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JAN FEB MAR APR MAY JUN JUL AUG SEP OCT NOV DEC JAN FEB MAR APR MAY JUN JUL AUG SEP OCT NOV DEC

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59 59 30 30

20° 20° 13 13

34 34 17 17

46 46 26 26

37 37

70 70 48 48

80 80 58 58

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75 75 52 52

63 63 40 40

48 48 30 30

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JAN FEB MAR APR MAY JUN JUL AUG SEP OCT NOV DEC JAN FEB MAR APR MAY JUN JUL AUG SEP OCT NOV DEC SOURCE: USCLIMATEDATA.COM SOURCE: USCLIMATEDATA.COM

The EDUCATION Issue ADS & ARTICLES DUE NOVEMBER 5

Contact piper@theplaidhorse.com for more info.


Andrew Ryback Photography

Andrew Ryback Photography


About the

College Preparatory Invitational Horse Shoew College is one of the most important decisions of your life! The CPI can help you explore your options and discover the choice that’s right for you. The College Preparatory Invitational (CPI) Horse Show offers young equestrians, in grades 8 – 12, the opportunity to explore the college equestrian experience through comprehensive education, competition, and scholarship/community service program. During the CPI Horse Show event, athletes experience the college equestrian competition format; they can explore an equestrian-focused college fair, attend educational presentations and take advantage of the opportunity for direct conversations with college admissions representatives and equestrian team coaches. The CPI saves families the expense of transporting and stabling a competition horse by providing suitable horses, saddles, and tack, so participants need only bring their show clothes, helmets, and crops.


Phoebe Martin phoebelovesporkchop@yahoo.com

RESUME

Rider

Graduation Date 2022

EDUCATION: Harry D Jacobs High School, Algonquin, Illinois Senior- GPA: 3.46

WORK EXPERIENCE: I am currently employed by an Animal Rescue where I monitor, feed and exercise dogs. I am also in charge of keeping the facility clean. In addition to the animal rescue, I assist my trainer with grooming and preparing horses at horse shows.

LEADERSHIP: As a role model to many, I enjoy the opportunities to mentor young riders and support their passion of horses. From camp counselor to IEA Team Captain I lead riders to never give up on their goals.

VOLUNTEER SERVICE:

AWARDS/CERTIFICATES:

Volunteering is something that I am very passionate about. I am a strong supporter of Feed My Starving children which entails packing and shipping food packages all around the world, as an effort to break the cycle of poverty. I am also a volunteer at a local elementary school where I assist with fairs and other events.

2017-2018 IEA Zone 5 High Point Rider in the Future Intermediate Division.

SKILLS/ACADEMIC ACHEIVEMENT: Hard Working Committed Trustworthy Strong Communication Skills Ability to multi-task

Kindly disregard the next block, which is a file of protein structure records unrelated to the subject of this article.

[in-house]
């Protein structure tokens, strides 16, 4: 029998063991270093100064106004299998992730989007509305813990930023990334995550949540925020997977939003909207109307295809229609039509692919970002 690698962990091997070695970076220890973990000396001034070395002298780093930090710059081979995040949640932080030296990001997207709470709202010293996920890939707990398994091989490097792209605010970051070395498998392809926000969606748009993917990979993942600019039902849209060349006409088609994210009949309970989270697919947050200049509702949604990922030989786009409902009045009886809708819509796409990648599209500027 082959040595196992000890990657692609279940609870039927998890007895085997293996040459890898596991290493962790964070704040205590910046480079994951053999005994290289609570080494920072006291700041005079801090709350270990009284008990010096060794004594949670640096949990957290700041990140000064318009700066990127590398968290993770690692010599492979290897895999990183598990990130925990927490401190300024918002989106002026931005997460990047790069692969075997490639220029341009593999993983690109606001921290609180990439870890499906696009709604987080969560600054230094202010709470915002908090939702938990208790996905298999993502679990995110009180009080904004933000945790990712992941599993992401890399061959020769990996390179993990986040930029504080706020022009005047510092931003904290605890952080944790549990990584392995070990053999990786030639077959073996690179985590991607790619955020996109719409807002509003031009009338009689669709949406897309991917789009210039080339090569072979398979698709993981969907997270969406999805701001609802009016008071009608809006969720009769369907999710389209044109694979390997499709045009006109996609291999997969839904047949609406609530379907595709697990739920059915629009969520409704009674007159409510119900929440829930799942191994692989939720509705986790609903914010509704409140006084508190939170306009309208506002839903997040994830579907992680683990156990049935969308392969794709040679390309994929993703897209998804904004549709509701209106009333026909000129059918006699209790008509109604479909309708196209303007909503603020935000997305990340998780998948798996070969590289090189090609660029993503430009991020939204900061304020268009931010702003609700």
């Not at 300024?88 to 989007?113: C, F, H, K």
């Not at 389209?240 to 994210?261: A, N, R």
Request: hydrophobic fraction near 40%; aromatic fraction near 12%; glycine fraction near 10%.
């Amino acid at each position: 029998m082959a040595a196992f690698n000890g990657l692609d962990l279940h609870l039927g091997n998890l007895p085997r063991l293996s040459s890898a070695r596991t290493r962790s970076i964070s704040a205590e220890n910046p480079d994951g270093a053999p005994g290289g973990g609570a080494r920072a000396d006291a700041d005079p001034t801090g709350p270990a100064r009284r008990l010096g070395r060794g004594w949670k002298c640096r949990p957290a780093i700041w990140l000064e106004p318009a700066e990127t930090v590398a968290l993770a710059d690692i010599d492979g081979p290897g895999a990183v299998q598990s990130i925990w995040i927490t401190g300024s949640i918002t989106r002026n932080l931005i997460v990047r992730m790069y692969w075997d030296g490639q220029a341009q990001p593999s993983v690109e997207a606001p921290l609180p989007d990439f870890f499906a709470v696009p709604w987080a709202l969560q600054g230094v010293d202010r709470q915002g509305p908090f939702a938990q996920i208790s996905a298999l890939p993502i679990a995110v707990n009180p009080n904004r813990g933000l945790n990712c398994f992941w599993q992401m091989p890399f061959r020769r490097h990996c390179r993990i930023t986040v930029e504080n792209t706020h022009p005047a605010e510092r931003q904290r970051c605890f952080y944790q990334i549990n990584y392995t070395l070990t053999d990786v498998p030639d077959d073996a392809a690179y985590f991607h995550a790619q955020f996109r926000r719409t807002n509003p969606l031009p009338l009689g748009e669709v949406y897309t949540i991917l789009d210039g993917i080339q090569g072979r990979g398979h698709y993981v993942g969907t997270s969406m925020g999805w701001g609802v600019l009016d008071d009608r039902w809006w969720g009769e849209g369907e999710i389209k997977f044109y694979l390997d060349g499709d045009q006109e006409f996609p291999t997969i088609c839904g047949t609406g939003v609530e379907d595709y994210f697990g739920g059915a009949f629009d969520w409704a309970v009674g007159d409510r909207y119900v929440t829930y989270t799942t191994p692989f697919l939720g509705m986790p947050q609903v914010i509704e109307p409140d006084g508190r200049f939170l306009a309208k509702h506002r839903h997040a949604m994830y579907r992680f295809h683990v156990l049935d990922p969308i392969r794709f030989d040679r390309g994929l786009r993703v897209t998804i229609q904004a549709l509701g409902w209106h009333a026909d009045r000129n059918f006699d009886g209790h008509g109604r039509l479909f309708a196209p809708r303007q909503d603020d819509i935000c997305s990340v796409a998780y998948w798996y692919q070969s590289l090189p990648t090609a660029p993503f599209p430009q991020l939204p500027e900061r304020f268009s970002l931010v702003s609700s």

2018-2019 IEA Zone 5 Region 9 High Point Rider in the Varsity Intermediate Fences Division. 2018-2019 IEA Zone 5 High Point Rider in the Varsity Intermediate Flat Division. 2019-2020 IEA Zone 5 High Point Rider in the Varsity Open Fences Division. 2019-2020 Invitee to the IEA National Finals for Varsity Open Championship Class. 2020-2021 IEA Zone 5 Region 10 High Point Rider in the Varsity Open Fences Division. 2020-2021 IEA Zone 5 Open Championship Class Winner. 2021 Zone 5 3’3” large Junior Hunter 16-17 Top 10.

ADDITIONAL INFORMATION: My riding career began at the young age of 5. Who would have thought that my love for Breyer horses would have turned into a life long passion. The horses have become my life and I would not change it for the world. Everyday I am presented with new obstacles that have taught me trust, patience and composure. The life lessons that have been instilled in me are ones that only the life of an equestrian could have given me.


College Preparatory Invitational Horse Show

CPI Florida January 14 - 16, 2022 Jim Brandon Equestrian Center West Palm Beach, Florida Applications/Entries Available online at www.collegeprepinvitational.com


CPI Scholarship & Educational Fund The CPI Scholarship and Educational Fund is a Public Charity under section 501(c)(3) of the Internal Revenue Code and was created to encourage student-athletes to educate themselves about the charitable organizations in their communities, lay emphasis on horsemanship and sportsmanship as key elements needed for equestrian success, and promote higher education as a foundation to future success in life. Through the CPI Scholarship & Educational Fund, the CPI Horse Show is able to offer scholarships to student athletes who registed to participate in CPI Horse Show events. Additional information on our scholarship program and all the information to submit entries to be considered for a scholarship can be found on our website at collegeprepinvitational.com under the “CPI Scholarship & Educational Fund” tab.